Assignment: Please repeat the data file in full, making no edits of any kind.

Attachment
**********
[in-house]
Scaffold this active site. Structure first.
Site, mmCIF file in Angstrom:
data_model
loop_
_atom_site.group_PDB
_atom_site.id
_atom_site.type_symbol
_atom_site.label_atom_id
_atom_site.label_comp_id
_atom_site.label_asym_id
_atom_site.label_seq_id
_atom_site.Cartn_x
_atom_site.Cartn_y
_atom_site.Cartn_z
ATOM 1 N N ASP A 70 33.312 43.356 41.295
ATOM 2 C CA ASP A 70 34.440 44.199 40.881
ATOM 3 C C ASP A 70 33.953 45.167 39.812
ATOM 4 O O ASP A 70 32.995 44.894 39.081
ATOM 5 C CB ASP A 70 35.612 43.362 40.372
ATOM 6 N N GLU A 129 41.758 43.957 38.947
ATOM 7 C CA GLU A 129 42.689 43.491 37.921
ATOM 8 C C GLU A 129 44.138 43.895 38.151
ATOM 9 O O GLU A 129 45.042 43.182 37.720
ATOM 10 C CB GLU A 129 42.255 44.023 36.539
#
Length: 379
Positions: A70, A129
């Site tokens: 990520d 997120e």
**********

[in-house]
Scaffold this active site. Structure first.
Site, mmCIF file in Angstrom:
data_model
loop_
_atom_site.group_PDB
_atom_site.id
_atom_site.type_symbol
_atom_site.label_atom_id
_atom_site.label_comp_id
_atom_site.label_asym_id
_atom_site.label_seq_id
_atom_site.Cartn_x
_atom_site.Cartn_y
_atom_site.Cartn_z
ATOM 1 N N ASP A 70 33.312 43.356 41.295
ATOM 2 C CA ASP A 70 34.440 44.199 40.881
ATOM 3 C C ASP A 70 33.953 45.167 39.812
ATOM 4 O O ASP A 70 32.995 44.894 39.081
ATOM 5 C CB ASP A 70 35.612 43.362 40.372
ATOM 6 N N GLU A 129 41.758 43.957 38.947
ATOM 7 C CA GLU A 129 42.689 43.491 37.921
ATOM 8 C C GLU A 129 44.138 43.895 38.151
ATOM 9 O O GLU A 129 45.042 43.182 37.720
ATOM 10 C CB GLU A 129 42.255 44.023 36.539
#
Length: 379
Positions: A70, A129
């Site tokens: 990520d 997120e």